Magazine article American Libraries

Jersey City Board Ignores Protests, Votes to Privatize

Magazine article American Libraries

Jersey City Board Ignores Protests, Votes to Privatize

Article excerpt

Despite strong objections from library staff and the city council, the Jersey City (NJ.) Free Public Library System board of trustees voted July 14 to turn over the library's management to Library Systems and Services, Incorporated. The contract "for the management, operation, and maintenance" of the library through June 30, 2001, was not made public prior to the board's meeting.

Although members of the public were only allowed to speak at the beginning of the meeting, before the board brought up the contract, a series of speakers, including several library employees, voiced opposition, the Jersey Journal reported July 15.

The newspaper said that the action was also protested by several members of the city council, which had previously expressed qualms about the plan. "They don't respect the council. This is a disgrace. They will not get a dollar from us as far as I'm concerned," vowed Councilman Arnold Bettinger.

Although he said he is not opposed to privatization, Council President Tom DeGise told the board "a little bit of delay wouldn't kill you," adding that the abrupt move would make library staff feel like LSSI is an "occupying army."

Six members of the council presented a signed letter to the board at the meeting asking it not to award the contract and to halt discussions with LSSI, the Journal reported.

Although he expressed surprise at the council's opposition, Library Board President Ervin Haynes said he saw no reason for further delay, asserting that the contract did not need council's approval.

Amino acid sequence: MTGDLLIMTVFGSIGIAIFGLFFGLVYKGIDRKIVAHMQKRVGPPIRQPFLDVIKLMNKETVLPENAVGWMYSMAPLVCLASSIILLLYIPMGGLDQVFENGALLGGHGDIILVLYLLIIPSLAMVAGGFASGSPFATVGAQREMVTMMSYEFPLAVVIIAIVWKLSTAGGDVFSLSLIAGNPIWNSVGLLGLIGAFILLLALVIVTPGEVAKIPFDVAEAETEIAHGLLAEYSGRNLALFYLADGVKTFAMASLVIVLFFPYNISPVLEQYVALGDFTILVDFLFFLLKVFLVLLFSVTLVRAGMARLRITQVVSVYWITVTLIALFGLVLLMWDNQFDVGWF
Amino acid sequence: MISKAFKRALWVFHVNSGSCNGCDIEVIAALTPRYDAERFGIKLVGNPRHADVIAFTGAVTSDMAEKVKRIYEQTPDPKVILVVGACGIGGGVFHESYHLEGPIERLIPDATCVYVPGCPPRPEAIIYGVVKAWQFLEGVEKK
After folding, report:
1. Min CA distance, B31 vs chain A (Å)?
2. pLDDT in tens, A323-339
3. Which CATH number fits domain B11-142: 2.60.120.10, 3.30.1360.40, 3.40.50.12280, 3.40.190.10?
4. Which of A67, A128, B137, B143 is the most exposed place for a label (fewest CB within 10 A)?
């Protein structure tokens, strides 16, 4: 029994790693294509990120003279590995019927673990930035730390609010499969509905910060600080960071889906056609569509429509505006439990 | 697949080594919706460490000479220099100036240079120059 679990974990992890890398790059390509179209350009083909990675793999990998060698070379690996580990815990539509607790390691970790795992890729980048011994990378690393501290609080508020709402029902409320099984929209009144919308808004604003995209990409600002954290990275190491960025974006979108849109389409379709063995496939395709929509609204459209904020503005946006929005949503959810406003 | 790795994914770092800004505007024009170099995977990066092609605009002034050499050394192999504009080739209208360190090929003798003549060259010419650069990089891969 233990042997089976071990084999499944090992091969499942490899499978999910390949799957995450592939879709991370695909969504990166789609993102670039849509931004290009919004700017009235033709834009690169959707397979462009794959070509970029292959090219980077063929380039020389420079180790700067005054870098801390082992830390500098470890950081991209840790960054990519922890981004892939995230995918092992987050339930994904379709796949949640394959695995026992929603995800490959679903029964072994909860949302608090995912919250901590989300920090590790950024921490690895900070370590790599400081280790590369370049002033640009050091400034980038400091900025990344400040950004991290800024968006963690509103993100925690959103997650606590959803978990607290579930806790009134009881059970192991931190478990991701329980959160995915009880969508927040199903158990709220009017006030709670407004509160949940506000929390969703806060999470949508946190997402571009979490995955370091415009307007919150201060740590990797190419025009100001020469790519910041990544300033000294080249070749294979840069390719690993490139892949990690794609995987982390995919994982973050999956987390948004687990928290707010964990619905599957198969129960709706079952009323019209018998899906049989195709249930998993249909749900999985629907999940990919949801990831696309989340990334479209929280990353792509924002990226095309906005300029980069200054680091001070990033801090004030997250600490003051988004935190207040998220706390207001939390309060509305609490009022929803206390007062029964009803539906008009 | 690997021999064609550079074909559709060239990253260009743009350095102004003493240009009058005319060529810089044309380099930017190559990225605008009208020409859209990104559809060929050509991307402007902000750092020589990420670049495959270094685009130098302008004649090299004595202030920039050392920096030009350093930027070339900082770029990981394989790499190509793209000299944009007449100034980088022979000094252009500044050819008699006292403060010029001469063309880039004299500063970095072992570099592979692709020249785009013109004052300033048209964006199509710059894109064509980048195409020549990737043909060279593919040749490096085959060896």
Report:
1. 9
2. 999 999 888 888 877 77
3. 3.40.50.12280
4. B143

After the vote, the Journal said, the board made a quick exit without comment, to a chant of "Recall" from the crowd of about 70.

A management review team charged by Mayor Bret Schundler with reforming the system had recommended that the library turn over its management to LSSI following a visit by the team in May to Riverside County, California, where the firm runs the 25-branch library system (see p. 20, this issue). Assistant Director Rose Marie Rudy told American Libraries before the contract vote that the team's report presented various options but recommended privatization of the system's management, automation, and other operations.

Rudy said that the ongoing review process had not only stalled automation plans for the 11-branch system, the second-largest in the state, but had angered library employees, who have been working without a contract for two years. However, in a fax sent to AL in response to an American Libraries Online story, Board President Haynes stated that "the library is on target for its automation timetable."

Union heads and library employees, as well as State Librarian John Livingstone, were among the dozens of speakers at a June 24 city council meeting who urged the council to block the privatization effort. The Journal reported that employees also presented petitions of 8,000 signatures asking that any privatization plan be put to a referendum.

Earlier in the day, union members held an informational picket in front of the system's main library. Employees view the proposal as an attempt at union-busting: Although the city promises to maintain salaries and benefits of current employees, there would be a second payroll of staff hired by LSSI.

Rudy said that the Hudson County freeholders passed a resolution July 9 opposing privatization of the library. …

Search by... Author
Show... All Results Primary Sources Peer-reviewed


An unknown error has occurred. Please click the button below to reload the page. If the problem persists, please try again in a little while.